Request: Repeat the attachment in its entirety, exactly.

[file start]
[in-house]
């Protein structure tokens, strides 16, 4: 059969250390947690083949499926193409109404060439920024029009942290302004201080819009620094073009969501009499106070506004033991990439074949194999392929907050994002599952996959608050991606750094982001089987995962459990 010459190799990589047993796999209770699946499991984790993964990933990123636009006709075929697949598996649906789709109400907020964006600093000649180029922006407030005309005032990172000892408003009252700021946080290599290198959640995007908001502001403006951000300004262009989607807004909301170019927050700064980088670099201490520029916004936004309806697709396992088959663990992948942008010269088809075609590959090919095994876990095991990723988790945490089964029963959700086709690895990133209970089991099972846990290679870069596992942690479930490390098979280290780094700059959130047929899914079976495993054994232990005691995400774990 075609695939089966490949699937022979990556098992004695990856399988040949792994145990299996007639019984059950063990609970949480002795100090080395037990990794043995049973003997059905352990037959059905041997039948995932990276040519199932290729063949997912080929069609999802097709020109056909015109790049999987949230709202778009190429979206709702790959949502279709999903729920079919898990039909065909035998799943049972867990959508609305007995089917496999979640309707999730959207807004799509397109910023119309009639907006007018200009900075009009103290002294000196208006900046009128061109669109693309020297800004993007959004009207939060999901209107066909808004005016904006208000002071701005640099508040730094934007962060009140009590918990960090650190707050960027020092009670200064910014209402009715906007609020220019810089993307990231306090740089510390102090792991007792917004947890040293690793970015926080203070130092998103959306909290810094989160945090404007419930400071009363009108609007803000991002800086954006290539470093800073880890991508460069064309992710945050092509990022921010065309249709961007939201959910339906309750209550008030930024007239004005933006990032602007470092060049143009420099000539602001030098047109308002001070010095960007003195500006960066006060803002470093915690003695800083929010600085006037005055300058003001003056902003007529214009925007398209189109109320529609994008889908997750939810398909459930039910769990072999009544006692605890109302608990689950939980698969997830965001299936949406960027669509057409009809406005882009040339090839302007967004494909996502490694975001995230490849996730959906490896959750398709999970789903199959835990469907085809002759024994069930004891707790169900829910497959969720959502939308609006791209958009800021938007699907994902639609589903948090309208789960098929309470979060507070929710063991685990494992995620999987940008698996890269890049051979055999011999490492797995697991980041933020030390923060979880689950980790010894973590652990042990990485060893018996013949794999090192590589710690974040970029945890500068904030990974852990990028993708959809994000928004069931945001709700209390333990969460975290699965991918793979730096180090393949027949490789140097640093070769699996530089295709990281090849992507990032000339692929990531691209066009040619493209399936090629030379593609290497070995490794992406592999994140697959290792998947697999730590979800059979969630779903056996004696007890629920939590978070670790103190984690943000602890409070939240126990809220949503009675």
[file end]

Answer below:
[in-house]
């Protein structure tokens, strides 16, 4: 059969250390947690083949499926193409109404060439920024029009942290302004201080819009620094073009969501009499106070506004033991990439074949194999392929907050994002599952996959608050991606750094982001089987995962459990 010459190799990589047993796999209770699946499991984790993964990933990123636009006709075929697949598996649906789709109400907020964006600093000649180029922006407030005309005032990172000892408003009252700021946080290599290198959640995007908001502001403006951000300004262009989607807004909301170019927050700064980088670099201490520029916004936004309806697709396992088959663990992948942008010269088809075609590959090919095994876990095991990723988790945490089964029963959700086709690895990133209970089991099972846990290679870069596992942690479930490390098979280290780094700059959130047929899914079976495993054994232990005691995400774990 075609695939089966490949699937022979990556098992004695990856399988040949792994145990299996007639019984059950063990609970949480002795100090080395037990990794043995049973003997059905352990037959059905041997039948995932990276040519199932290729063949997912080929069609999802097709020109056909015109790049999987949230709202778009190429979206709702790959949502279709999903729920079919898990039909065909035998799943049972867990959508609305007995089917496999979640309707999730959207807004799509397109910023119309009639907006007018200009900075009009103290002294000196208006900046009128061109669109693309020297800004993007959004009207939060999901209107066909808004005016904006208000002071701005640099508040730094934007962060009140009590918990960090650190707050960027020092009670200064910014209402009715906007609020220019810089993307990231306090740089510390102090792991007792917004947890040293690793970015926080203070130092998103959306909290810094989160945090404007419930400071009363009108609007803000991002800086954006290539470093800073880890991508460069064309992710945050092509990022921010065309249709961007939201959910339906309750209550008030930024007239004005933006990032602007470092060049143009420099000539602001030098047109308002001070010095960007003195500006960066006060803002470093915690003695800083929010600085006037005055300058003001003056902003007529214009925007398209189109109320529609994008889908997750939810398909459930039910769990072999009544006692605890109302608990689950939980698969997830965001299936949406960027669509057409009809406005882009040339090839302007967004494909996502490694975001995230490849996730959906490896959750398709999970789903199959835990469907085809002759024994069930004891707790169900829910497959969720959502939308609006791209958009800021938007699907994902639609589903948090309208789960098929309470979060507070929710063991685990494992995620999987940008698996890269890049051979055999011999490492797995697991980041933020030390923060979880689950980790010894973590652990042990990485060893018996013949794999090192590589710690974040970029945890500068904030990974852990990028993708959809994000928004069931945001709700209390333990969460975290699965991918793979730096180090393949027949490789140097640093070769699996530089295709990281090849992507990032000339692929990531691209066009040619493209399936090629030379593609290497070995490794992406592999994140697959290792998947697999730590979800059979969630779903056996004696007890629920939590978070670790103190984690943000602890409070939240126990809220949503009675």